The BFI has been busy once more restoring a piece of cult cinema from Britain’s past, this time 1961’s slice of sci-fi, The Day The Earth Caught Fire, from Quatermass director Val Guest. Like the best of science fiction from that era, it’s a movie that’s not just about made-up nonsense, but takes on things such as the changes in sexual politics and most particularly fear of the nuclear bomb.
Like everyone else, Daily Express journalist Peter Stenning (Edward Judd) can’t help but notice that strange things are happening with the weather, such as an unexpected solar eclipse and weird, dense fog blanketing London. After getting off to a rocky start with civil servant Jeannie Craig (Janet Munro), they embark on a affair, and thanks to her Stenning gets a tip that the weather isn’t just an anomaly. The US and Russia simultaneously exploding nuclear bombs has knocked the planet off its axis and may also have sent it out of orbit and getting ever closer to the sun.
For those raised on a diet of big, flashy CGI spectacles, The Day The Earth Caught Fire will seem a very strange film. After all, it doesn’t even follow the people on the ground trying to stop the Earth from falling into the Sun, it’s a movie about the journalists who find out it’s happening, and who spend much of the film listening to radio and TV addresses from the people who are directly involved.
Nowadays it seems an odd strategy but it’s a surprisingly effective one, with the journalists being a great storytelling device who are presented as essentially normal people able to hold the authorities to account. Indeed it’s interesting that back then journalism could be presented as the paragon of virtue while the government is intrinsically untrustworthy and hideously paternalistic. It’s perhaps not surprising that Val Guest would present journalism this way as that was his background, but it’s certainly true that the public’s trust in newsmen has dropped massively in the past 50 years.
Instead of the race to save the world, the movie is more interested in things such as the danger of atomic weaponry and the government’s disdain for the public, who in the film’s world view the populous as an annoyance who are there to be patronised and who should just shut up and have nothing to say about whatever the self-proclaimed masters of the universe wish to do.
It’s also interestingly on the cusp of a change in sexual dynamics. Stenning is a rather old-fashioned misogynist pig, who’s divorced and having difficulty seeing his son (which is presented as intrinsically being the mother’s fault). However there’s also Jeannie, a woman with her own opinions and ideas, and has no wish to be subservient to men. While she works in the steno pool, it’s clear that’s solely because back then she wouldn’t have been allowed to rise higher up the ranks. She’s also sexually liberated in a way which, unlike many other films of the era, isn’t presented as her being a harlot or temptress. It’s an odd mix of being very forward thinking and oddly backwards, but it’s very thought provoking.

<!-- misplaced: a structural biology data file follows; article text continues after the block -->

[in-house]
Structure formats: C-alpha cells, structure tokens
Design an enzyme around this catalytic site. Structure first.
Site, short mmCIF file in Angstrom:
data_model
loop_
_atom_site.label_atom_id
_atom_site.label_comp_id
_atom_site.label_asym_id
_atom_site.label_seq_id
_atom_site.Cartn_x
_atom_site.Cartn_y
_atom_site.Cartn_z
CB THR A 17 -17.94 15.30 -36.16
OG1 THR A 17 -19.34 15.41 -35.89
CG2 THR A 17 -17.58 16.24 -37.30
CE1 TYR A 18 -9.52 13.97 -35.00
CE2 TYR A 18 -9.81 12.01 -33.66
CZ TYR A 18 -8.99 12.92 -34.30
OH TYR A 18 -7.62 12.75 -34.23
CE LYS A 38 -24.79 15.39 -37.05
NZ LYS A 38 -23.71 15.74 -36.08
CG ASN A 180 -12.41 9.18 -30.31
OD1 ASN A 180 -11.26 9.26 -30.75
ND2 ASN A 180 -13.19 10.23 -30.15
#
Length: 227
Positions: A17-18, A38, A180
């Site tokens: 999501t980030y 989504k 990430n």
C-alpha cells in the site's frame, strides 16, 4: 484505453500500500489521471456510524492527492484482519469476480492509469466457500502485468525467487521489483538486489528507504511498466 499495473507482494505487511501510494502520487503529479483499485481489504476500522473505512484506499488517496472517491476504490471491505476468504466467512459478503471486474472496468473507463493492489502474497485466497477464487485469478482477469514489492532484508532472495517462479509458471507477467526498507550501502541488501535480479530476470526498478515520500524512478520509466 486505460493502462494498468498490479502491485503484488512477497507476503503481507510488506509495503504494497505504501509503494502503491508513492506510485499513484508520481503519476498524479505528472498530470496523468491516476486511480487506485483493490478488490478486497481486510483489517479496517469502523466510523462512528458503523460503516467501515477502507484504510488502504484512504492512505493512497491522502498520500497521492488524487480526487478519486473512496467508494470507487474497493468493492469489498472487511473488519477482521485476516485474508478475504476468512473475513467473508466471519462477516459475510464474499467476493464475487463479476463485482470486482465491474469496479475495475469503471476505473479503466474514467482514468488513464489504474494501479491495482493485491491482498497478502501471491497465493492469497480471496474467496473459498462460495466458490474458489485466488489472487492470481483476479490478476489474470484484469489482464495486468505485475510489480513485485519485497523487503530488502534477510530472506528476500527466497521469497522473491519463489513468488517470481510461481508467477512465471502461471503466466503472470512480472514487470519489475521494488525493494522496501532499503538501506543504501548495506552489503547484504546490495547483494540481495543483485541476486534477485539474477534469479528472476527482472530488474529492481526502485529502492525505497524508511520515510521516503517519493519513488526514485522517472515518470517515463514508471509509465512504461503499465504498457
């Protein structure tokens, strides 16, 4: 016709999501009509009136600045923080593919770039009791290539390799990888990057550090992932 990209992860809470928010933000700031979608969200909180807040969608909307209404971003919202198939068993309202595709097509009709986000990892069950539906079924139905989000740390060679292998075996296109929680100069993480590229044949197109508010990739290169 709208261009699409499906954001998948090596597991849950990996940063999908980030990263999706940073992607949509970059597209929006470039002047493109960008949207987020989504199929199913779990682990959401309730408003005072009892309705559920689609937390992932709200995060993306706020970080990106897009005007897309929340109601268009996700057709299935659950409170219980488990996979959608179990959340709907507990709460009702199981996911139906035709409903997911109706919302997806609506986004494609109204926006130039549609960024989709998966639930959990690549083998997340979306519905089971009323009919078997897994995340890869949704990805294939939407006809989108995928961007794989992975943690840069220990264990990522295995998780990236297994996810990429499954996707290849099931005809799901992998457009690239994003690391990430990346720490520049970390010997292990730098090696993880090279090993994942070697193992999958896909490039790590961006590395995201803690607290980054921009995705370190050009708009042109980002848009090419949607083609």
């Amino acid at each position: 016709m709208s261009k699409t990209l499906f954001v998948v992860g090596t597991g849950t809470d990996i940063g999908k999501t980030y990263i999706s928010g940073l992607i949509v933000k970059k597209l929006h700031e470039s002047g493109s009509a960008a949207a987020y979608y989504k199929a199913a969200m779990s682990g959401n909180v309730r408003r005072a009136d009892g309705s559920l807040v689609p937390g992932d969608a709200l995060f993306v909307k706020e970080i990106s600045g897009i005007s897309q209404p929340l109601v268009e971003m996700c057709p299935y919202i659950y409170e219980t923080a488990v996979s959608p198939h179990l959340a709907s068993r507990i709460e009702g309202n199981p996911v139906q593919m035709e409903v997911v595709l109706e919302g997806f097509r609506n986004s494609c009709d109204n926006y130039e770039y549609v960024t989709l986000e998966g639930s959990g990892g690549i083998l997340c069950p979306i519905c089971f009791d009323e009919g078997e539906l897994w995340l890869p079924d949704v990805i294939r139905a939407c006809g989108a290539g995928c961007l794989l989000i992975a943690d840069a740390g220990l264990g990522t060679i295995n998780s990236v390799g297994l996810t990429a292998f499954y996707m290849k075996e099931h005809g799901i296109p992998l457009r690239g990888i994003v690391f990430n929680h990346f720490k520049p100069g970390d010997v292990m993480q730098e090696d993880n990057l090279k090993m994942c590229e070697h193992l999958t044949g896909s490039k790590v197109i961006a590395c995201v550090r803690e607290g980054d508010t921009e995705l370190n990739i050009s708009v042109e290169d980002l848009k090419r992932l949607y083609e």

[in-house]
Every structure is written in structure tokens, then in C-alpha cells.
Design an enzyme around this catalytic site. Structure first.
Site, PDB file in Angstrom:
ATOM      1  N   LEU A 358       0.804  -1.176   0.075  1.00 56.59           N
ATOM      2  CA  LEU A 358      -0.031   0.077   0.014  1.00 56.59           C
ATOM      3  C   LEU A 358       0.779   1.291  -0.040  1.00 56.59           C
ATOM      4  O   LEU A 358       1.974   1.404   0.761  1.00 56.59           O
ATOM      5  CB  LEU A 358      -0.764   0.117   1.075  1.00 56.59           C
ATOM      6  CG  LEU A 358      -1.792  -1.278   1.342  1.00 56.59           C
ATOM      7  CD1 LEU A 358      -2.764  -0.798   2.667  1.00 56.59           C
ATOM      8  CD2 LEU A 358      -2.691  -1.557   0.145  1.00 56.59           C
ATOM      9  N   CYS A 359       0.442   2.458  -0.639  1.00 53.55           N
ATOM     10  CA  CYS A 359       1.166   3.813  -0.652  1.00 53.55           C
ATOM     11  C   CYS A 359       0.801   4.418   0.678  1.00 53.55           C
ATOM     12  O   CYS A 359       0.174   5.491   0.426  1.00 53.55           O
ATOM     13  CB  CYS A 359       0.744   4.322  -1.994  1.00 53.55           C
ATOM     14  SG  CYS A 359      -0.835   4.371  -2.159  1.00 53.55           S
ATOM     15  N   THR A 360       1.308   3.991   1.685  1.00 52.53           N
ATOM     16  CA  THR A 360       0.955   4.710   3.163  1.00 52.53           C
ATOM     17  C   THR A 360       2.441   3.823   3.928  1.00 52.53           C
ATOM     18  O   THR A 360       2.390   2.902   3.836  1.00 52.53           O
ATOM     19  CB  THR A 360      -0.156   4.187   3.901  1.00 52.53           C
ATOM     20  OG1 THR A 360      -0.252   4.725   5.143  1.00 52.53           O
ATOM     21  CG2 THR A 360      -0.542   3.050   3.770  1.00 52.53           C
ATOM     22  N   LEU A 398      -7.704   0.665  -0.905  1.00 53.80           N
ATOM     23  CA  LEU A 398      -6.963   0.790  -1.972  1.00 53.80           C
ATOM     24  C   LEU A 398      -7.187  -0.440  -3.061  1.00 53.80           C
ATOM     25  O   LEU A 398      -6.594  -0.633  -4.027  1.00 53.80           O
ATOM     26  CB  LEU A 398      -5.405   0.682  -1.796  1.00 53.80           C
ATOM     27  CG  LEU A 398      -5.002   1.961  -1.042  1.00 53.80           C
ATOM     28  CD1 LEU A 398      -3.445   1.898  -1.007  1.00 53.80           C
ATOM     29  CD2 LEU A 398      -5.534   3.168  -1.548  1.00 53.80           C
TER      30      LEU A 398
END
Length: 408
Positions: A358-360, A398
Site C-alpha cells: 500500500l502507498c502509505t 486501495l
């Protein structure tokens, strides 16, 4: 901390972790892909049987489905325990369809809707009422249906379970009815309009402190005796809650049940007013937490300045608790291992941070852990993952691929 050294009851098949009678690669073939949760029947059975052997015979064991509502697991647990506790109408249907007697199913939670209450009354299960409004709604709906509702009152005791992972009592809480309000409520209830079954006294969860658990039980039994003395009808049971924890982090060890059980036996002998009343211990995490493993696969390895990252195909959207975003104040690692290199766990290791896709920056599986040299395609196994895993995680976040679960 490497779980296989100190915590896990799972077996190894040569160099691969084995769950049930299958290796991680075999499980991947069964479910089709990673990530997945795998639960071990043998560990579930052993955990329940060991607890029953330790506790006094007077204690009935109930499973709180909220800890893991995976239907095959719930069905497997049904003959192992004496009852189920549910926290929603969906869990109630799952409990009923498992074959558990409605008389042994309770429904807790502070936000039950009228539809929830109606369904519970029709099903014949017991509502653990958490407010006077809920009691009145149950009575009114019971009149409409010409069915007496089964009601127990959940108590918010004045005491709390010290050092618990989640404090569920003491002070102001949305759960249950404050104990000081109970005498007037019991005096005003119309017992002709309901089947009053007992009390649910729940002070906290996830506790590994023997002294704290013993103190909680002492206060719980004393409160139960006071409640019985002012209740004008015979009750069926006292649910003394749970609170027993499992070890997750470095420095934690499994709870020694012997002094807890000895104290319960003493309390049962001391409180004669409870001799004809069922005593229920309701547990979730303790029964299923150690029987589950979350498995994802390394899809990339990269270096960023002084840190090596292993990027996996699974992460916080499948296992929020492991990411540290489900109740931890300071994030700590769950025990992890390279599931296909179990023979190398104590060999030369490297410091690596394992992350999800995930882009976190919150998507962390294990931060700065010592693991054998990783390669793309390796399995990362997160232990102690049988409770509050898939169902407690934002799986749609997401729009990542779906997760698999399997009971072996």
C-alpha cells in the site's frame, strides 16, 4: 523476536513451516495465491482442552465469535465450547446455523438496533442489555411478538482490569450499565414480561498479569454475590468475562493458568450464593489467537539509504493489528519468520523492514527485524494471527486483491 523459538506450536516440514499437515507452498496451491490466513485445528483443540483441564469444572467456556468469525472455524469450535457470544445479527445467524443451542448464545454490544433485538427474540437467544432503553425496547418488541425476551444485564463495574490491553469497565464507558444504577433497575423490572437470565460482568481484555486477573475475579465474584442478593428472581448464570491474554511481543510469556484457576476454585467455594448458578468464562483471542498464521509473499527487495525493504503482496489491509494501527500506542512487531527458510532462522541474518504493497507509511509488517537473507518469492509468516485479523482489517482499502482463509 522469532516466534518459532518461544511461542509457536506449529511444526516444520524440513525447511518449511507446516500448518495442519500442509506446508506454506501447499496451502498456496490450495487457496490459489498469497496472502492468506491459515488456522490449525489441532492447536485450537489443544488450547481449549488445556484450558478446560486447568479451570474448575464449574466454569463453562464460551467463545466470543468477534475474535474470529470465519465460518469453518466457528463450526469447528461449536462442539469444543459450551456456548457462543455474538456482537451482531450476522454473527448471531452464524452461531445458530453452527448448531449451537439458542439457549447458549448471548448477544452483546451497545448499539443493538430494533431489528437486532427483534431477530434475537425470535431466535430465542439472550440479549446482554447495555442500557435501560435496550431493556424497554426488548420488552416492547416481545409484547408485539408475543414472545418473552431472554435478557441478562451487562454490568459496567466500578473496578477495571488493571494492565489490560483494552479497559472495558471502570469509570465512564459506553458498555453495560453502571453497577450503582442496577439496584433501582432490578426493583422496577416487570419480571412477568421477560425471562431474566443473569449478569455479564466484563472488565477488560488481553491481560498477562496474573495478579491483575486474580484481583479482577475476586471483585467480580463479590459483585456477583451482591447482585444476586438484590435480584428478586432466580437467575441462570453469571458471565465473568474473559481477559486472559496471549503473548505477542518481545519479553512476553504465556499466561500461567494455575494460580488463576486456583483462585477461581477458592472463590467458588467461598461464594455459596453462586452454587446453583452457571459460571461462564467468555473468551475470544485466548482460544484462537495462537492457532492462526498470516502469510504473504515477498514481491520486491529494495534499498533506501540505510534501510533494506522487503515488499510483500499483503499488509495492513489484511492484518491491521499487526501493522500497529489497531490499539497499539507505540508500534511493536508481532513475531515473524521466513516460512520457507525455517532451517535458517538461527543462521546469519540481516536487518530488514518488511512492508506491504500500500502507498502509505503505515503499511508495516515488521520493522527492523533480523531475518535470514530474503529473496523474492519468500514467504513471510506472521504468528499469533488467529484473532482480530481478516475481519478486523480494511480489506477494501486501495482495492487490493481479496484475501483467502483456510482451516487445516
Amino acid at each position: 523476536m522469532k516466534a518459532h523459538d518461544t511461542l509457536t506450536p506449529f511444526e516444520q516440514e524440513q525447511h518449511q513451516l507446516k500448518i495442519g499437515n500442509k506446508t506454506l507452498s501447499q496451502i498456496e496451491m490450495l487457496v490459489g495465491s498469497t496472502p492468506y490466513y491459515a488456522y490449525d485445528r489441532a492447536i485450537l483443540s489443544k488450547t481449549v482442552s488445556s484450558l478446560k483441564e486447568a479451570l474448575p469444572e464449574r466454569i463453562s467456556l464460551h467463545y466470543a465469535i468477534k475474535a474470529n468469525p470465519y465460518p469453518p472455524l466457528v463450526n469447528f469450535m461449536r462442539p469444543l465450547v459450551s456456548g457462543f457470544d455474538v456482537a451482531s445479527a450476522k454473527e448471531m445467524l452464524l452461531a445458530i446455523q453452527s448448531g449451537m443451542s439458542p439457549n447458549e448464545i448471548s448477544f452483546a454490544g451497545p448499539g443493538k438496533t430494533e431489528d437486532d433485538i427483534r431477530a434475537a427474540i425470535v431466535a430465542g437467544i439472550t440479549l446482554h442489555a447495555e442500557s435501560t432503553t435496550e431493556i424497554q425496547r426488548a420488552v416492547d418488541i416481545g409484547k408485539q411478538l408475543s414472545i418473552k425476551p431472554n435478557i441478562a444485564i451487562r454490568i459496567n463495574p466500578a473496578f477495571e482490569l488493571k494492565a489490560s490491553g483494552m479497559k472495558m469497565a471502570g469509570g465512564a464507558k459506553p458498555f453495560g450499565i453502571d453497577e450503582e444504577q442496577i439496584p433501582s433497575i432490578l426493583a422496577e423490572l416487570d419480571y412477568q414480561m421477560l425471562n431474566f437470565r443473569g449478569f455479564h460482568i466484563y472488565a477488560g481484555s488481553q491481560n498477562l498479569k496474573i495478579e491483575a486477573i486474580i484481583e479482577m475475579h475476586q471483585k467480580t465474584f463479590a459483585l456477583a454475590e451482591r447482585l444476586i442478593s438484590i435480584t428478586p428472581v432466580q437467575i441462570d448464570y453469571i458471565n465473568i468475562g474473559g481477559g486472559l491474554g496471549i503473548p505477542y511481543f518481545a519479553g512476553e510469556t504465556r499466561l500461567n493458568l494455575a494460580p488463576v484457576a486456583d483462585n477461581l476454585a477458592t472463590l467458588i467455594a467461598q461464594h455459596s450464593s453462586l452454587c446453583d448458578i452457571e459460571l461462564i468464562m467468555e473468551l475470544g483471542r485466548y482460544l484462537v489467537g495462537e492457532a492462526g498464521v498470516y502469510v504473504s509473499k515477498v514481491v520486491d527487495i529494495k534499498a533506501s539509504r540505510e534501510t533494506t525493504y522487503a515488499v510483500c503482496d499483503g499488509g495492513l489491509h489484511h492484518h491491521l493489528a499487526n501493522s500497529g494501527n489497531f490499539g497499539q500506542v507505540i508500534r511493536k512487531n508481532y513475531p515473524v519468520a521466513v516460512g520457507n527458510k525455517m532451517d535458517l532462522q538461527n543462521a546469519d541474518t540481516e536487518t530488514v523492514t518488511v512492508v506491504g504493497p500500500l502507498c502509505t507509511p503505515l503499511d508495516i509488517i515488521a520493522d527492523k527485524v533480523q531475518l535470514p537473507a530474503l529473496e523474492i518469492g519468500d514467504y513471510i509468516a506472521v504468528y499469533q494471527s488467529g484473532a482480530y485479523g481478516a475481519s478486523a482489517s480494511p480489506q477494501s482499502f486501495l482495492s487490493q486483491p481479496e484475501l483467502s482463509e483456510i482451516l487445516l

What it hasn’t quite caught up with the modern day on is with homosexuality, with a few jabs about the fact there are getting to be fewer ‘normals’ left. As with the sexual politics and the bomb, it’s part of the general worry about the fast changes taking place in society at the time.
The Day The Earth Caught Fire is also quite unusual for directly tackling nuclear weapons in sci-fi and not hiding the theme as a 50ft spider, or a mysterious glowing suitcase. Much 50s sci-fi was infused with fear of the atom bomb, but it rarely came out and said it, or directly criticised the use of them. However The Day The Earth Caught Fire looks it in the face (even if the idea the bombs would knock the Earth out of orbit is preposterous), particularly the arrogance of governments possessing and testing them despite the danger they know they represent, as well as the normal man of street who has to live with a threat that has nothing directly to do with them.
It’s a surprisingly entertaining film and thanks to the restoration it looks great on Blu-ray, including the famed yellow-tinted sections at the beginning and end. There are also some truly excellent special features, including a great new retrospective making of documentary full of fascinating insights. There are also some really good vintage documentaries, such as one about an atom bomb test, as well as a civil defence film about what to do in the event of a nuclear blast. The latter is brilliantly British and stiff upper lip about the whole thing, being more interested in the science and treating the whole thing as a terrible nuisance than the potential end of civilisation as we know that it could have been.
One thing I would take a slight issue with is the fact the BFI has included a quote from the Daily Express on the cover. As the movie is about a Daily Express journalist and largely set in the newspaper’s offices, any quote they give may be a little bit biased.
Overall Verdict: A great new release for this cult classic slice of British sci-fi, which still resonates over 50 years on, especially in the light of climate change.
Stills and Collections Gallery, Three nuclear films from the BFI National Archive: Operation Hurricane (Ronald Stark, 1952, 33 mins); The H-bomb (David Villiers, 1956, 22 mins); The Hole in the Ground (David Cobham, 1962, 30 mins), Think Bike road safety film with actor Edward Judd, Illustrated booklet, The Guardian Lecture: Val Guest and his wife, actress Yolande Dolan are interviewed by David Meeker
Reviewer: Tim Isaac